Seeing a clown for the first time

I have to admit I was a little confused when I heard Mary “Butterfly” Capps was joining our June mission team. “Holding medical clinics is such a confusing process as it is” I thought to myself, “why would we try to throw a wrench into the gears by adding a clown into the mix?” Boy was I wrong! I have never seen a series of clinics run so smoothly in thirteen years of mission work as I did with Mariposa, butterfly in Spanish, around to provide holistic cures alongside our team's doctors. It was absolutely amazing to watch the positive energy surrounding this team's ability to hold a clinic with zero frustration. I can attribute our success to an enthusiastic and well-organized team, but the lion's share of credit belongs to AHMEN's own clown-in-residence, Mariposa!

Final medical station...save the best for last!

Part of the majesty of Mariposa's role on the team was that she did not want to serve separately from the team itself. The day Mariposa made her first appearance we held a clinic at the local public school in Lepaterique, outside of La Esperanza. We held a clinic the day before. Mary's clowning supplies had not yet arrived, and it was one of those “how many more patients??” kind of days! Enter Mariposa into the rotation, and instantly everything ran more smoothly. We set our clinic up in five sections: registration, doctor visits, pharmacy, vitamins and parasite medicine, and Payasa (clown in Spanish). Registration, the doctors, and the pharmacy all operated from separate rooms throughout the school, but because vitamins, parasite medicine, and smiles contribute to overall wellness, Mariposa worked alongside vitamin and parasite volunteer Mirsha Monterroso administering doses of healthy living to a community where nutrition and laughter come at a premium. Witnessing the value community members placed on both types of medicine, and how this value prevented the “backlog” that occasionally occurs with clinics of this type, is something I have never seen before. . . but I know it is this combination of love and medical science that stands to change the face of mission work in Honduras.

Mariposa and her Payaso protege Manuel Vargas

For those of you who might not have looked into the solemn eyes of mothers and children waiting in line for a “cure” for their health problems I don't know if I can describe the way I feel. All I know is the contrast of an environment with ambivalently hopeful sadness lurking in the air to that of 100 children with painted faces walking balloon dogs and fencing with balloon swords changed the way I think about mission work. To walk out of the pharmacy for just a minute to see the look on the faces of children and parents confident in the fact that both their school and the medical clinics it hosts contribute to the community's well-being is uncannily comforting. To witness a miracle unfold before your eyes is much more..for what are the 200 patients seen and 600 prescriptions filled without the accompanying thousand smiles?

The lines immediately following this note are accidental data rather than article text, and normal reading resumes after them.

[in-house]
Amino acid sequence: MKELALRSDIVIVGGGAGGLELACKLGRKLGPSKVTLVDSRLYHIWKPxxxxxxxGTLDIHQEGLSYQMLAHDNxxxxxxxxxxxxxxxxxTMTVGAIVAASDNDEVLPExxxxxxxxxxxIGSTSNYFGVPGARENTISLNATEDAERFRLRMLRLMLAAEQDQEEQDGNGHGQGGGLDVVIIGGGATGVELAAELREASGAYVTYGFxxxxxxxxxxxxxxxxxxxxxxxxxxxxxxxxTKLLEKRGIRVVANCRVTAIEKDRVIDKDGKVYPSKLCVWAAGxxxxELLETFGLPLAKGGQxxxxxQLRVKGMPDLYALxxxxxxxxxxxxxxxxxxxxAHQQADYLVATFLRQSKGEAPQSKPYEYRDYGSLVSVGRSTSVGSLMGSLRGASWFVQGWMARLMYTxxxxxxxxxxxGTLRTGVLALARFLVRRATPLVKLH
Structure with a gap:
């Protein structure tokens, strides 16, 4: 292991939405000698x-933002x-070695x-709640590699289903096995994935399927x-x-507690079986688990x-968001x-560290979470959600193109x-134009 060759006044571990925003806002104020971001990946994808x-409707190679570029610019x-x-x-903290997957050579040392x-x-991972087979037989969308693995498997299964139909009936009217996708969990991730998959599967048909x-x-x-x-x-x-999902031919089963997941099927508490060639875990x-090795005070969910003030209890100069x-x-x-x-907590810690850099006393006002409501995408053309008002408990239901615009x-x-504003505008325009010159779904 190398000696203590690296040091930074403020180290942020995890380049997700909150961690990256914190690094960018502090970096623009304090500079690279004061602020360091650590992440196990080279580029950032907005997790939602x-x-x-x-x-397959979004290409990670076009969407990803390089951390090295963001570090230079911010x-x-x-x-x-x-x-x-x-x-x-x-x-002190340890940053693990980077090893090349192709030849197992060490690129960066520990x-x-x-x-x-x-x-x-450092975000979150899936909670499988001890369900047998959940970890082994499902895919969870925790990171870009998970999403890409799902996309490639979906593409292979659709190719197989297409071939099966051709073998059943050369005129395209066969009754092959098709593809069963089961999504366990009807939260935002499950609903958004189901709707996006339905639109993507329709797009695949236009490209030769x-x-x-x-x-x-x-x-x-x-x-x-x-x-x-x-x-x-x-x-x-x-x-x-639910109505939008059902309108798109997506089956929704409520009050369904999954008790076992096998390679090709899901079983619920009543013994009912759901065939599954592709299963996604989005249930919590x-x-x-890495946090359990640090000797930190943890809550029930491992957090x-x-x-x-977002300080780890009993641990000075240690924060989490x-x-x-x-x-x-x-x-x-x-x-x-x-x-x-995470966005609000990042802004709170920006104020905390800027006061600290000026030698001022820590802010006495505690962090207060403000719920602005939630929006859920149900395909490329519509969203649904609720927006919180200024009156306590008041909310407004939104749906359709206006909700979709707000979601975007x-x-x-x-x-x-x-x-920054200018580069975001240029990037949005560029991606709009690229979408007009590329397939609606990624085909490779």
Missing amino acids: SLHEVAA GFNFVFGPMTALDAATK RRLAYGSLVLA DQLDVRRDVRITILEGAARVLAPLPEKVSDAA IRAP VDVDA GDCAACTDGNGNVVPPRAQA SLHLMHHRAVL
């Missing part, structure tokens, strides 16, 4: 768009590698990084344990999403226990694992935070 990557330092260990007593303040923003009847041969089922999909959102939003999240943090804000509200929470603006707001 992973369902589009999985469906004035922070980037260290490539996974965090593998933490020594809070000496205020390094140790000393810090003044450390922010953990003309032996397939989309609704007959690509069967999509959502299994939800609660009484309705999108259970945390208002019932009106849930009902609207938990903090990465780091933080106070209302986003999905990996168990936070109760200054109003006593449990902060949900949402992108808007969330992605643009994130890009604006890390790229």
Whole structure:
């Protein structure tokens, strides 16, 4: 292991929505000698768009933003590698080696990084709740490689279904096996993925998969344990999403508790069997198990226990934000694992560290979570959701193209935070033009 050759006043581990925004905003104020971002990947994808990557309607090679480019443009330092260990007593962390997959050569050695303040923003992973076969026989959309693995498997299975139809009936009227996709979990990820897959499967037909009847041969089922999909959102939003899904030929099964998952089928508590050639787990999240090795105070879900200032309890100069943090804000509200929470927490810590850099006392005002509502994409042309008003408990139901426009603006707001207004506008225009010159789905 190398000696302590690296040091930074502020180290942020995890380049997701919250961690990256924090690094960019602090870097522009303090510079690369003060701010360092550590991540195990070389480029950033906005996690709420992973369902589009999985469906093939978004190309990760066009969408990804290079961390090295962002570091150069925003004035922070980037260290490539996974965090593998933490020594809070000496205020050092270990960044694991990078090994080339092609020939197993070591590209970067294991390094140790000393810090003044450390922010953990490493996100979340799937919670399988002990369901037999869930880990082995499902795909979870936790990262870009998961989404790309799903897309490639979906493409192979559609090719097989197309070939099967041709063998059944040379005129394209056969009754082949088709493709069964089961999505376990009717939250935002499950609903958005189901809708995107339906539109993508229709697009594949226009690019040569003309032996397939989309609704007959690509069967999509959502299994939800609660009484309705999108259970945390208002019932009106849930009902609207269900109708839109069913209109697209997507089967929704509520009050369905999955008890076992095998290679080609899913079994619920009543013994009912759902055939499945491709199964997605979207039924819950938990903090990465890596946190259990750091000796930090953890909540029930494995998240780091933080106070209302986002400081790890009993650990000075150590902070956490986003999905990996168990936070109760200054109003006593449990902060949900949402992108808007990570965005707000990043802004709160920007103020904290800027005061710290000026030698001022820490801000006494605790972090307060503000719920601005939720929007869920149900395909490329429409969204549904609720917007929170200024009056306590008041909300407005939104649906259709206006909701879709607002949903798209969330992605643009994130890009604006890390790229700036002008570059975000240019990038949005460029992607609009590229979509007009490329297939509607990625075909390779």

Safe and Sound -  courtesy of a clown : )

It was a pleasure working with Mariposa as a medical professional, but she was impressive on her own too! In Utila our team did not hold medical clinics. We came specifically to build relationships for future educational development there. In this capacity, the doctor stepped back as the clown took center stage. As an ambassador of good hope Mariposa led her band of assistants through the impoverished sections of the island to donate leftover medication to Dr. Mayorkin at the Centro de Salud and stock the local public school's library full of books – all the while raising a growing herd of balloon animals. Lips parted from teeth to accompany that most beautiful and contagious of involuntary human reactions, and the sight and sound of this particular brand of joy is one I don't want future mission teams to have to work without.

Mariposa and company

I don't ever want to travel to Honduras again without a smiles-based missions component, and I would hate for you not to experience the possibilities of a clown like Mariposa on your teams. I invite you to explore clown ministry as part of your team planning. Contact Mary “Butterfly” Capps to find clown contacts. Contact your local circus, fair, carnival, theater, or performance group because in Honduras la payasa es la compaƱera de la paz!